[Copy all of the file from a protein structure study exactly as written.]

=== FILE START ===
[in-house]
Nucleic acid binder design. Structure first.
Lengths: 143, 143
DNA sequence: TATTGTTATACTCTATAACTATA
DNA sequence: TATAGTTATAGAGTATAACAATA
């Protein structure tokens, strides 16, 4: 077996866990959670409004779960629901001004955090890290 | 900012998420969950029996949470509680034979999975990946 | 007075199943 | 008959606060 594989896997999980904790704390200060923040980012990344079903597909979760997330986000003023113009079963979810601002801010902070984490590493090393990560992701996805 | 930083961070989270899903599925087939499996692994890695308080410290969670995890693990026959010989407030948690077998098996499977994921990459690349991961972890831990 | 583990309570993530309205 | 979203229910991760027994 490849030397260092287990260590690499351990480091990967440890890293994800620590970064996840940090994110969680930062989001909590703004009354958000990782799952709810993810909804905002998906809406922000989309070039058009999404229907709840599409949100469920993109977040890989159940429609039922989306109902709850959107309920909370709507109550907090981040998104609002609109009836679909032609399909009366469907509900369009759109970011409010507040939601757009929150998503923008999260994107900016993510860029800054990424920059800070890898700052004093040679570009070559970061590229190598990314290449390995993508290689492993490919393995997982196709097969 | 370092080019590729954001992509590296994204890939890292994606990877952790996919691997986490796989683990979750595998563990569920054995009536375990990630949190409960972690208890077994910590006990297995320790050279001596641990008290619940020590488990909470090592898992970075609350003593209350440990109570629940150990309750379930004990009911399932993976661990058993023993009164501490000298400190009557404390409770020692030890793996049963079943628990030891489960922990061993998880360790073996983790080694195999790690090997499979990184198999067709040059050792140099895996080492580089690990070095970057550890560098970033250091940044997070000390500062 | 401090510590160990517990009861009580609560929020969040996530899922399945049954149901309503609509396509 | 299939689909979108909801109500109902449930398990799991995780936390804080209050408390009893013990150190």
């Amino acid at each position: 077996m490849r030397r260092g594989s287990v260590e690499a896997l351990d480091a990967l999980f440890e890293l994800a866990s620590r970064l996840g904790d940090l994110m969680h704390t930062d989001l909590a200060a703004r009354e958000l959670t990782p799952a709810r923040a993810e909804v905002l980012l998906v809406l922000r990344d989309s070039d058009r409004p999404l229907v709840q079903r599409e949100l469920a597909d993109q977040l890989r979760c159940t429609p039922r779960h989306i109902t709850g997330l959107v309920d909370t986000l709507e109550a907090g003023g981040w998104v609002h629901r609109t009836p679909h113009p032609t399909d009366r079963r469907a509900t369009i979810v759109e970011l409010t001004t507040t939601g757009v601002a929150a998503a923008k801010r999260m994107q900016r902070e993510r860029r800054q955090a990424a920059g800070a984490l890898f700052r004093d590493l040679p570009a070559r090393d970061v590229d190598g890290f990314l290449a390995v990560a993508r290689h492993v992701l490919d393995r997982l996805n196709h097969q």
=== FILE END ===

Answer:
[in-house]
Nucleic acid binder design. Structure first.
Lengths: 143, 143
DNA sequence: TATTGTTATACTCTATAACTATA
DNA sequence: TATAGTTATAGAGTATAACAATA
């Protein structure tokens, strides 16, 4: 077996866990959670409004779960629901001004955090890290 | 900012998420969950029996949470509680034979999975990946 | 007075199943 | 008959606060 594989896997999980904790704390200060923040980012990344079903597909979760997330986000003023113009079963979810601002801010902070984490590493090393990560992701996805 | 930083961070989270899903599925087939499996692994890695308080410290969670995890693990026959010989407030948690077998098996499977994921990459690349991961972890831990 | 583990309570993530309205 | 979203229910991760027994 490849030397260092287990260590690499351990480091990967440890890293994800620590970064996840940090994110969680930062989001909590703004009354958000990782799952709810993810909804905002998906809406922000989309070039058009999404229907709840599409949100469920993109977040890989159940429609039922989306109902709850959107309920909370709507109550907090981040998104609002609109009836679909032609399909009366469907509900369009759109970011409010507040939601757009929150998503923008999260994107900016993510860029800054990424920059800070890898700052004093040679570009070559970061590229190598990314290449390995993508290689492993490919393995997982196709097969 | 370092080019590729954001992509590296994204890939890292994606990877952790996919691997986490796989683990979750595998563990569920054995009536375990990630949190409960972690208890077994910590006990297995320790050279001596641990008290619940020590488990909470090592898992970075609350003593209350440990109570629940150990309750379930004990009911399932993976661990058993023993009164501490000298400190009557404390409770020692030890793996049963079943628990030891489960922990061993998880360790073996983790080694195999790690090997499979990184198999067709040059050792140099895996080492580089690990070095970057550890560098970033250091940044997070000390500062 | 401090510590160990517990009861009580609560929020969040996530899922399945049954149901309503609509396509 | 299939689909979108909801109500109902449930398990799991995780936390804080209050408390009893013990150190």
């Amino acid at each position: 077996m490849r030397r260092g594989s287990v260590e690499a896997l351990d480091a990967l999980f440890e890293l994800a866990s620590r970064l996840g904790d940090l994110m969680h704390t930062d989001l909590a200060a703004r009354e958000l959670t990782p799952a709810r923040a993810e909804v905002l980012l998906v809406l922000r990344d989309s070039d058009r409004p999404l229907v709840q079903r599409e949100l469920a597909d993109q977040l890989r979760c159940t429609p039922r779960h989306i109902t709850g997330l959107v309920d909370t986000l709507e109550a907090g003023g981040w998104v609002h629901r609109t009836p679909h113009p032609t399909d009366r079963r469907a509900t369009i979810v759109e970011l409010t001004t507040t939601g757009v601002a929150a998503a923008k801010r999260m994107q900016r902070e993510r860029r800054q955090a990424a920059g800070a984490l890898f700052r004093d590493l040679p570009a070559r090393d970061v590229d190598g890290f990314l290449a390995v990560a993508r290689h492993v992701l490919d393995r997982l996805n196709h097969q």